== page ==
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Stuart Broad wants 'soft signal' abolished after New Zealand incident

Broad thought he had Devon Conway caught low in the slips by Zak Crawley for 22 on Friday's second day at Edgbaston.

Published: 14th June 2021 02:01 PM  |   Last Updated: 14th June 2021 02:01 PM   |  A+A-

England's Stuart Broad, right, looks on as New Zealand captain Tom Latham, left, and Devon Conway run between the wickets to score during the fourth day of the second cricket test match. (Photo | AP)

By AFP

BIRMINGHAM: England great Stuart Broad has urged cricket chiefs to "do away now" with the soft signal after feeling he had been denied a wicket by the current Decision Review System in the ongoing second Test against New Zealand.

Broad thought he had Devon Conway caught low in the slips by Zak Crawley for 22 on Friday's second day at Edgbaston.

There was enough doubt, however, for third umpire Michael Gough to be called in by his colleagues.

And when standing umpire Richard Kettleborough gave a 'soft signal' of not out, England's hopes of seeing off Conway right then faded.

Gough duly ruled Conway not out and he went on to make 80 before New Zealand ended the day on 229-3, 74 runs behind England's first innings 303.

Broad, with the aid of a Crawley catch at deep square leg, eventually dismissed Conway but was still clearly rankled not to get him earlier on.

"You can see from our reaction on the field that we thought it was out," Broad told Sky Sports before play on Saturday. 

"Zac thought he had his fingers under the ball. You only have to look at Joe Root’s reaction at first slip and (wicket-keeper James) Bracey's reaction behind the stumps -- who are a yard away from it -- to know that that ball has carried."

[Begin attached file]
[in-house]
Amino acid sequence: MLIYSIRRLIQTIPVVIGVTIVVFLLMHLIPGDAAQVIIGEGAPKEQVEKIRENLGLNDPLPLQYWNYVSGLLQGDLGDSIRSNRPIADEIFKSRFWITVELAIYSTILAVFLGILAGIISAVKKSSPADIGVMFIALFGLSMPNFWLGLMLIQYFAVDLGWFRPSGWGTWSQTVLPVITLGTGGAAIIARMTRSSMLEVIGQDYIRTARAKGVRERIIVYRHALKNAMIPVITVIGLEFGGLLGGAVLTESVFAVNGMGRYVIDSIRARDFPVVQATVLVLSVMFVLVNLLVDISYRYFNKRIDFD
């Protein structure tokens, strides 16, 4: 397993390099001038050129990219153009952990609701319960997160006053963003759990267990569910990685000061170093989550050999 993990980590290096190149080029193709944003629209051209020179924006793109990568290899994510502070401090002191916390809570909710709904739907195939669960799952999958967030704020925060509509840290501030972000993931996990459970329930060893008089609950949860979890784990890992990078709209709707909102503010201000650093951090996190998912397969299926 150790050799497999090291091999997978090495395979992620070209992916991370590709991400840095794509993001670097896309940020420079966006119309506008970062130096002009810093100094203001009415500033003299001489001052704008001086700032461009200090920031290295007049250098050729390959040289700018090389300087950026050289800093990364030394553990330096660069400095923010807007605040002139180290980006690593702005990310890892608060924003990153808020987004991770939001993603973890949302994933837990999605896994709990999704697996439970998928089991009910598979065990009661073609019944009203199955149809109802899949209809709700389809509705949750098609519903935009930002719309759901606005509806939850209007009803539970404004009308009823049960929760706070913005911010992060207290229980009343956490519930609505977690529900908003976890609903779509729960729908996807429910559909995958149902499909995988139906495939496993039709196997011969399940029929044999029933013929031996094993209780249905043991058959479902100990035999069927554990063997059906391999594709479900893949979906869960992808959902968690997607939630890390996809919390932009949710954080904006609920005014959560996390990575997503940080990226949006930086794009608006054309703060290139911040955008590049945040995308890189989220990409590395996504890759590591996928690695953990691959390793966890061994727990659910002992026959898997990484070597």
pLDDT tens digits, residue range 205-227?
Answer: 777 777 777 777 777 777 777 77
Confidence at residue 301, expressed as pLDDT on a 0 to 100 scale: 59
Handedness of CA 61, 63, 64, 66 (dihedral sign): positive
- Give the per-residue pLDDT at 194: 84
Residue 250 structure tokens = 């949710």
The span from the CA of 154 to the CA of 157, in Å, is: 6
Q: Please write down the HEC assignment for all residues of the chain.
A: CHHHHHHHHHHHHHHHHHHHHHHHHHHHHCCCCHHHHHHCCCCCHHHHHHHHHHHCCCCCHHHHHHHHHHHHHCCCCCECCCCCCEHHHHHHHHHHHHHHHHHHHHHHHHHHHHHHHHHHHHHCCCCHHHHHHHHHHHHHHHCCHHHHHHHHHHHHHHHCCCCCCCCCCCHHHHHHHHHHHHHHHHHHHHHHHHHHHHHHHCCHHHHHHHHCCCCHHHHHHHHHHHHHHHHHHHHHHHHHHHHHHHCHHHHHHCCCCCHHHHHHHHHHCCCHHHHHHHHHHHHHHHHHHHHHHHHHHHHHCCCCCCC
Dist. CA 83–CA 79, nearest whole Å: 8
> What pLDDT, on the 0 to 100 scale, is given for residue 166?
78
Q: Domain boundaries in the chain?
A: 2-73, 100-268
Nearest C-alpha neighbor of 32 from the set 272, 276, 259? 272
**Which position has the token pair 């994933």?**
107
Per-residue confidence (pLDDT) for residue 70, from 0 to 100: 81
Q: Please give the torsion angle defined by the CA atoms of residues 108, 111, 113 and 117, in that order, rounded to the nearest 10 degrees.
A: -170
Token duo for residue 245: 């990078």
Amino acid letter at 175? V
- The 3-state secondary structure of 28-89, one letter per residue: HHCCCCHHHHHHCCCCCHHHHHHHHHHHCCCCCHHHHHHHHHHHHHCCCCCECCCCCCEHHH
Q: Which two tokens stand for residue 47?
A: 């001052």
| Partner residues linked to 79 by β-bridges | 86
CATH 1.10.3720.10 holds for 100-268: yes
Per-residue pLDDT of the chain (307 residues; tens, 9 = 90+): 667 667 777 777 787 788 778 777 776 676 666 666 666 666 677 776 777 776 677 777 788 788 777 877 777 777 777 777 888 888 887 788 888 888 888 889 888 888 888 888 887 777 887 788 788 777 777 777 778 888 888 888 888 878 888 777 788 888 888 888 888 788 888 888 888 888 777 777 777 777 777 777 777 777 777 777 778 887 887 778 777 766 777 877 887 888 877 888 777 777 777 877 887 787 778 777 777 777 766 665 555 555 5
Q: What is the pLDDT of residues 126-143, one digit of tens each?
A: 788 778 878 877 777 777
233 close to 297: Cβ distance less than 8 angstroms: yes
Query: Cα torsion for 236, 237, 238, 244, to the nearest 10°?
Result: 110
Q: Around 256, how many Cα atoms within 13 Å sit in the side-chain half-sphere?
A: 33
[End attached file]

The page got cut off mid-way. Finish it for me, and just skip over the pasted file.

Nevertheless Broad, perhaps anxious to avoid disciplinary action from his father Chris, the ICC match referee for this Test, added he sympathised with the "really difficult situation" the umpires found themselves in with the soft signal.

"It's not the umpires' fault that they’re 40 yards away with maybe an obscured view.

"You're going upstairs because you're not sure whether it's carried or not. 

"Then the third umpire's hands are tied a little bit with whatever that on-field call is."

Broad, now sixth in Test cricket's list of all-time leading wicket-takers insisted the International Cricket Council should abolish the soft signal immediately as "the cons completely outweigh the pros". 

"I don't really see the point of waiting for another ICC meeting in September or wherever it comes to discuss what's going on in the game," he said. "Let's just do away with it now. 

"The ICC should just come out and say 'the soft signal is gone'. If the umpires are unsure, let's go through the amazing technology we've got and get the right decision."



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